Despite the fact last year's citywide cleanup collected less “junk” than had been anticipated, money will be set aside in the proposed budget for a city-sponsored cleanup in the upcoming fiscal year that begins July 1.

Despite the fact last year’s citywide cleanup collected less “junk” than had been anticipated, money will be set aside in the proposed budget for a city-sponsored cleanup in the upcoming fiscal year that begins July 1.

The budget adjustment took place during a City Council budget workshop Wednesday at Hannibal City Hall.

Councilman Jim Van Hoose started the cleanup discussion by inquiring if there was money for such an event built into the 2017-18 budget. City Manager Jeff LaGarce indicated that typically, as city revenues permit, cleanups occur every other year.

“I hate to see it not be in the budget. I’d like to think about having one in the next couple of years,” said Councilwoman Melissa Cogdal, who indicated she had heard complaints from residents in her Third Ward that they had not been aware of the Oct. 29, 2016, cleanup, the city’s first since 2012.

The city budgeted a little over $70,000 for the 2016 cleanup, but only $38,109 was spent. The fee was based on the tonnage that was dropped off.

When the next cleanup occurs it could take on a different format. In the past, residents have had one location at which to drop off their items. Cogdal proposed setting dumpsters in two or more sites.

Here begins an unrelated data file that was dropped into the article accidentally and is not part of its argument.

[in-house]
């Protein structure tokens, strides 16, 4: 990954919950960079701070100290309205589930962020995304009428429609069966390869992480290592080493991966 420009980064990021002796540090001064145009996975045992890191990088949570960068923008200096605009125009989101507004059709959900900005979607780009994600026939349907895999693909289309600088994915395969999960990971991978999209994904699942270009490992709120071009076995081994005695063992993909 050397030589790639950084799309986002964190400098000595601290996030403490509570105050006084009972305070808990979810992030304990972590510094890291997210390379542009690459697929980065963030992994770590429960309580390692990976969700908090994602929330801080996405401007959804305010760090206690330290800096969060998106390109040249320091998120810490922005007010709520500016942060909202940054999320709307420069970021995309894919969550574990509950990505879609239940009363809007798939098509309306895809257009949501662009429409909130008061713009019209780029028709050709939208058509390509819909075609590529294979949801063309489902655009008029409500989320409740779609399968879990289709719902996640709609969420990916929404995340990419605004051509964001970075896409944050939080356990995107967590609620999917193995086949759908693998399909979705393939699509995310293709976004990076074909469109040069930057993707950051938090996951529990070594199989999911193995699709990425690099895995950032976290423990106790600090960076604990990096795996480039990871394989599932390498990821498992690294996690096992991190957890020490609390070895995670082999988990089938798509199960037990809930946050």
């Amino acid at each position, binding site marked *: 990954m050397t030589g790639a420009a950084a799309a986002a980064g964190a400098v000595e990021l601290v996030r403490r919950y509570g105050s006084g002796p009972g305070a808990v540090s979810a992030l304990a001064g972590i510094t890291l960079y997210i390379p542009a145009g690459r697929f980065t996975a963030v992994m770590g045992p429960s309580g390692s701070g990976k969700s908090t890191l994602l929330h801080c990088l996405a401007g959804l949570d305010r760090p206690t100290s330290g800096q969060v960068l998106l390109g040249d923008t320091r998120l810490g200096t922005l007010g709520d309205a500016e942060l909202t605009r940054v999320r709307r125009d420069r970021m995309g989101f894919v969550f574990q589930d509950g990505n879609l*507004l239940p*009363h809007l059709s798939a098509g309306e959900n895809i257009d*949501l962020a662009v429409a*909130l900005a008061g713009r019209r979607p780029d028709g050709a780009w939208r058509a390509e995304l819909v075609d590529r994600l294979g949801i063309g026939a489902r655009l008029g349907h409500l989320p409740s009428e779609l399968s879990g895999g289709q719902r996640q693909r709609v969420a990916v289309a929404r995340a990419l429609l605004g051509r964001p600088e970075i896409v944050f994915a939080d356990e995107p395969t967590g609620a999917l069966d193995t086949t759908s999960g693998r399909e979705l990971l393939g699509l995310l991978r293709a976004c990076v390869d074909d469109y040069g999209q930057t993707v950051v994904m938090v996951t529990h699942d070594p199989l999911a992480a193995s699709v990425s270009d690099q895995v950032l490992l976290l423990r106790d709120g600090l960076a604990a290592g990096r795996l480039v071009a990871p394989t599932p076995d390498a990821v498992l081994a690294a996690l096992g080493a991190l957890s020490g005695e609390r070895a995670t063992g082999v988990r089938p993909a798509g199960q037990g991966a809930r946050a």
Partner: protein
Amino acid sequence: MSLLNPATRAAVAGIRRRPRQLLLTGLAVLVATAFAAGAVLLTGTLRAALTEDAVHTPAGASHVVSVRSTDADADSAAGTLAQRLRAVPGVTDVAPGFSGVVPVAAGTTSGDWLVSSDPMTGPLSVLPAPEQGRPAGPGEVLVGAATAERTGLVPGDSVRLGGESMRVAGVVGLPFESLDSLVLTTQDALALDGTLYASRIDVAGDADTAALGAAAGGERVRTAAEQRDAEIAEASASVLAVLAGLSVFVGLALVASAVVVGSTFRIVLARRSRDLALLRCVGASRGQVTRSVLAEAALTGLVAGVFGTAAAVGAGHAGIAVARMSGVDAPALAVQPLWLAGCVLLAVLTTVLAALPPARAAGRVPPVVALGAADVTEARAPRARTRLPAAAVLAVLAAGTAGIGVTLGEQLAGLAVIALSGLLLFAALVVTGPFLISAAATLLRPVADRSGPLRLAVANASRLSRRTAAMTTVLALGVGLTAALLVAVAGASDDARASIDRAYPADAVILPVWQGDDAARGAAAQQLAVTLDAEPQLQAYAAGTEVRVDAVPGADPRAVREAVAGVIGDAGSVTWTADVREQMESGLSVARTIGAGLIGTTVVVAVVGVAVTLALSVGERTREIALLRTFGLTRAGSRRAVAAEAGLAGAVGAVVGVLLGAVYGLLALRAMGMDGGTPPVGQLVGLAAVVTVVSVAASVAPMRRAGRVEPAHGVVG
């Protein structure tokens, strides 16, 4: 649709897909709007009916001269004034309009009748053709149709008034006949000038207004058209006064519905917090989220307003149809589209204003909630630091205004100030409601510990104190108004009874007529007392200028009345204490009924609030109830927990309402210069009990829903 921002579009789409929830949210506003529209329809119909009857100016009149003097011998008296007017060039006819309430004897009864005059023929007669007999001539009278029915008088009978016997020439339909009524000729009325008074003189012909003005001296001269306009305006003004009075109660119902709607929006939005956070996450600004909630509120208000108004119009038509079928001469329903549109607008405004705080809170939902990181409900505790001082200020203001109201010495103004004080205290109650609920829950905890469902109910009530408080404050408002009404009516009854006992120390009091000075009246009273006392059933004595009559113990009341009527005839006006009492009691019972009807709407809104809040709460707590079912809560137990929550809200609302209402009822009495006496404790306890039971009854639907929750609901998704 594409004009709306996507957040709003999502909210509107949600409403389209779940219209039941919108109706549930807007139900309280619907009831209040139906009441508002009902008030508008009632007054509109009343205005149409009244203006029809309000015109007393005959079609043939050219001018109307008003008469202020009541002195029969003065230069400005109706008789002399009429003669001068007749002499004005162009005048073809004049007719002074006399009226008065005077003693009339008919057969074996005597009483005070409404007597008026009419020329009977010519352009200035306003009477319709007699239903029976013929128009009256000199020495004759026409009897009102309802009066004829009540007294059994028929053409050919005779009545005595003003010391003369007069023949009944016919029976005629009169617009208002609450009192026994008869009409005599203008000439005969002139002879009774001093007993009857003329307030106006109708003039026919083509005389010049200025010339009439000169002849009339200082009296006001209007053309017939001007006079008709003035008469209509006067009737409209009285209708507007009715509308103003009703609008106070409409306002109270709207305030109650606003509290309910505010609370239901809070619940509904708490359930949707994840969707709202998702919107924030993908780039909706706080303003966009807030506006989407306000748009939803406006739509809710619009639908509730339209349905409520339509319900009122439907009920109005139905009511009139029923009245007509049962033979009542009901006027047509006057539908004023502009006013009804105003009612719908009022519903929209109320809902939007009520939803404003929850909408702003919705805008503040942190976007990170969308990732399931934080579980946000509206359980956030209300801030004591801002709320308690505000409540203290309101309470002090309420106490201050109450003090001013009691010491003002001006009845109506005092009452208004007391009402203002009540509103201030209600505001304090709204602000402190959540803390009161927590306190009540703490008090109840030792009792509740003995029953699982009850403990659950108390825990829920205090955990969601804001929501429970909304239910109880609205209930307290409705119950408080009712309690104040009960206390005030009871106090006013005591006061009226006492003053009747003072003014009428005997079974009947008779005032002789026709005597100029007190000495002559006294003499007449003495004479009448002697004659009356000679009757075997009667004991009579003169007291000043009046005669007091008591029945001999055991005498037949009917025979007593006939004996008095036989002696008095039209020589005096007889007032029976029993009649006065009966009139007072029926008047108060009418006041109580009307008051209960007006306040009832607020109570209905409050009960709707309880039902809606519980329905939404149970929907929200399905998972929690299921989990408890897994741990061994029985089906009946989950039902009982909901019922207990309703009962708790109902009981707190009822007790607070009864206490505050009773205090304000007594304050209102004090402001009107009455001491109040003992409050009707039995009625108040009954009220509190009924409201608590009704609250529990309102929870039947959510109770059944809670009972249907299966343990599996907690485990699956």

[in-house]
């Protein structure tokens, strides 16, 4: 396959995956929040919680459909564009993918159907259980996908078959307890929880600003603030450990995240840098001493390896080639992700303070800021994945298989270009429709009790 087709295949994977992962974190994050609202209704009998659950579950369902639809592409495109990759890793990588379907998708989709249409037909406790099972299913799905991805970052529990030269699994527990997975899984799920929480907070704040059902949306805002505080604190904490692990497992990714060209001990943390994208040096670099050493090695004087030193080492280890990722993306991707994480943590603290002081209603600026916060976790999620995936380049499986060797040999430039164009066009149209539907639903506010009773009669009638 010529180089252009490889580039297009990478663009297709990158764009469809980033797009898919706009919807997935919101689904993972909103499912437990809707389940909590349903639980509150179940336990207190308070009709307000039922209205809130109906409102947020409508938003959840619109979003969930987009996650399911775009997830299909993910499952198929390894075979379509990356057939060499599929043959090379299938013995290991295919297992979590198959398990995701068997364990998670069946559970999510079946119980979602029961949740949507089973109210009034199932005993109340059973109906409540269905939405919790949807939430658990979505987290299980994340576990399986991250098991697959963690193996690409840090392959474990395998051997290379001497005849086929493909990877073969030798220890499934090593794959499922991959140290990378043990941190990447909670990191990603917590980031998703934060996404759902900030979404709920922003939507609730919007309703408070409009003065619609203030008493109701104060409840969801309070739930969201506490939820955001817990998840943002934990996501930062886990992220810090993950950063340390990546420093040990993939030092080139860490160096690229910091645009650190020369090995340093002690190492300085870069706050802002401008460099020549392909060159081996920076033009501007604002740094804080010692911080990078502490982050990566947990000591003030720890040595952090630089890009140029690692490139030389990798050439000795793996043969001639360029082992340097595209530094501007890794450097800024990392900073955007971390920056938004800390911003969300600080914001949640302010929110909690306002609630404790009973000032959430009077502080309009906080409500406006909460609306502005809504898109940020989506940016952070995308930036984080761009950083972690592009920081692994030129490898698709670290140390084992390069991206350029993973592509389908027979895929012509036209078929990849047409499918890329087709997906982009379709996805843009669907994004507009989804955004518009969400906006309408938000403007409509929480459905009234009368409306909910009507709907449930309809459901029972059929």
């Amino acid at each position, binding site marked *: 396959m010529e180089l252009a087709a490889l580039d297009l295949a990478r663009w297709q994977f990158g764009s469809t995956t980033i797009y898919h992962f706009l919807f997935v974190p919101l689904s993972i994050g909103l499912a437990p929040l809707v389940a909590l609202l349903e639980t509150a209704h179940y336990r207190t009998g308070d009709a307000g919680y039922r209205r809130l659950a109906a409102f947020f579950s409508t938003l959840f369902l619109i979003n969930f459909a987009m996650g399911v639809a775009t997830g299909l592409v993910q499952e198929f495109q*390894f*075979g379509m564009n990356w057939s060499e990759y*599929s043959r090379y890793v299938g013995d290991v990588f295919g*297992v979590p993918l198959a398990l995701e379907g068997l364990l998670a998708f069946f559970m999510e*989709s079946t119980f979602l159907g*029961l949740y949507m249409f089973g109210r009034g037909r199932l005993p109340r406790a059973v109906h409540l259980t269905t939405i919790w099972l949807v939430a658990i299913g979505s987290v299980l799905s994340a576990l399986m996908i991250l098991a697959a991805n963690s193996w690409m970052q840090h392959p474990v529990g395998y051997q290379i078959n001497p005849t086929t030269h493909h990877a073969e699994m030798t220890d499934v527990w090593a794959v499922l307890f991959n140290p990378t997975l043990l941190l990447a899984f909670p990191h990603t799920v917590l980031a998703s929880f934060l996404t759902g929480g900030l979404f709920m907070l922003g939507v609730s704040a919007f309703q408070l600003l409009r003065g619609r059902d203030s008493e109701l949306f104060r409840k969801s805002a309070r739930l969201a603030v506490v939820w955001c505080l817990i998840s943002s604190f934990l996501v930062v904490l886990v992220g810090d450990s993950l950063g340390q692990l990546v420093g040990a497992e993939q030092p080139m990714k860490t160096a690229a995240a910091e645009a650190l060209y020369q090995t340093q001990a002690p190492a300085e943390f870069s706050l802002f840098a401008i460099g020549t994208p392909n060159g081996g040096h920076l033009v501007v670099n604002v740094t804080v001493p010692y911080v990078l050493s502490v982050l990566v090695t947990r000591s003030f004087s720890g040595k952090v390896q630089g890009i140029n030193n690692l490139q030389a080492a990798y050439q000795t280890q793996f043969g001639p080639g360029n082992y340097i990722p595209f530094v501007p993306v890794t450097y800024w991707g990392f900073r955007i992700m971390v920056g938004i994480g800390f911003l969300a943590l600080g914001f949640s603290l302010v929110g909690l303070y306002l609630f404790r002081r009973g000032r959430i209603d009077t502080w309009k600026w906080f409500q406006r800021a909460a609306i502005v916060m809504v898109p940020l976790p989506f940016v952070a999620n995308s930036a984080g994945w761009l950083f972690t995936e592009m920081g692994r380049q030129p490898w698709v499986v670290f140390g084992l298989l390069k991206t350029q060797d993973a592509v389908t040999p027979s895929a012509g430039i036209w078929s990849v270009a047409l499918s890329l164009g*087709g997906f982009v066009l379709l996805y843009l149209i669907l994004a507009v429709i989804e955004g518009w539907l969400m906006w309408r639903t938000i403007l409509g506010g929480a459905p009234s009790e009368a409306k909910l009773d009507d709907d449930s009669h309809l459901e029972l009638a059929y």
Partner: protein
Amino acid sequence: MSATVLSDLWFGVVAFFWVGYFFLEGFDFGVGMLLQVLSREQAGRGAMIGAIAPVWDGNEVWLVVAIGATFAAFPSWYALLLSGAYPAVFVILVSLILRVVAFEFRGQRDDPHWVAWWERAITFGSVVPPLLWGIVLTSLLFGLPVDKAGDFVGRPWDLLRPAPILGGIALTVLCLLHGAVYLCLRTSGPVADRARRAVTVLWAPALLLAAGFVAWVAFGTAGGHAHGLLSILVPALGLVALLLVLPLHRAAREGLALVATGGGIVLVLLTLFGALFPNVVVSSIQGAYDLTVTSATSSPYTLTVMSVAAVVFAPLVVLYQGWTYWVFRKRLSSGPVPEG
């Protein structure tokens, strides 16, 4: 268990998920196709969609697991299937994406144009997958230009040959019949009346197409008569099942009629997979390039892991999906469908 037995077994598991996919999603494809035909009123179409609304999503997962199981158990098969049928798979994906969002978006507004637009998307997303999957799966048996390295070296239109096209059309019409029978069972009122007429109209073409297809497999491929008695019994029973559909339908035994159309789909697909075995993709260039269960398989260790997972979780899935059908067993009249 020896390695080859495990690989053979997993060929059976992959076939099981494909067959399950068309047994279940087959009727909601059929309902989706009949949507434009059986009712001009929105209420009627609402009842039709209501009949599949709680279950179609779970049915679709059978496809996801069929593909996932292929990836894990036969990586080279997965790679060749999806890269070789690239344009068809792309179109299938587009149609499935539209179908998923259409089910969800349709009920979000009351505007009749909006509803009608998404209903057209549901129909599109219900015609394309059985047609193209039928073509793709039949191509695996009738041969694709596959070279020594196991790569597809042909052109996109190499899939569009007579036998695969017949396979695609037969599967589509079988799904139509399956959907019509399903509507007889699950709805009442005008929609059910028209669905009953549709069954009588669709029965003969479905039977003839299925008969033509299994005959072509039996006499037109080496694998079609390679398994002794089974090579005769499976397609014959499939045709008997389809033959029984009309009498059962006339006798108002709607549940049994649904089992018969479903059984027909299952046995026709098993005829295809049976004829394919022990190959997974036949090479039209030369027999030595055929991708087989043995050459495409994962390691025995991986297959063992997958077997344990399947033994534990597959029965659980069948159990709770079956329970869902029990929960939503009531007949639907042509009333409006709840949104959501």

Mayor Pro Tem Kevin Knickerbocker warned that if a few dumpsters were provided in the Third Ward they could be quickly overwhelmed by residents with junk from other neighboring wards.

While $48,000 will be added for a cleanup, its format was not finalized Wednesday, according to LaGarce.

“The intent will be to develop the program with multiple drop-off points, but for now the goal was to get this money funded in the next budget,” he said.

The Council did not balk at hiring a third Community Service Officer (CSO), with the intent that they will spend a sizable potion of their time patrolling expansive parks such as Riverview and the Sodalis Nature Preserve.

“They will provide a sense of security in the parks,” said LaGarce of the CSOs.

Reportedly 75 percent of the new CSO’s salary will come from the General Fund. The remainder will be covered by the Parks and Recreation Department.

Included in the budget are some big-ticket items — $3.5 million for the Road Improvement Program, $3.14 million to complete design work and begin construction on the riverfront and $940,000 for the Shinn Lane roundabout.

The proposed budget includes a 3.1 percent raise for city personnel.

“We are becoming financially stronger each day, week, month, quarter and year. This is no accident,” wrote LaGarce in his budget summary. “Our measures have been deliberate, and the results increasingly manifest. Adding fixed or reoccurring costs to the city budget would be the killer.

“We need revenues to be strong. Total general operations costs increase only $93,000 in this budget, and that’s with a 3 percent pay increase. This means departments reduced other operating costs.”

While the proposed budget appears solid, LaGarce sees fiscal clouds building on the horizon.

“I’m concerned about next year,” he said, referring to fiscal year 2018-19. “All other things constant, just a 2 percent pay increase next year, leaving everything else constant, would yield a deficit budget. I will spend the ensuing year finding solutions to this.”

Reach reporter Danny Henley at danny.henley@courierpost.com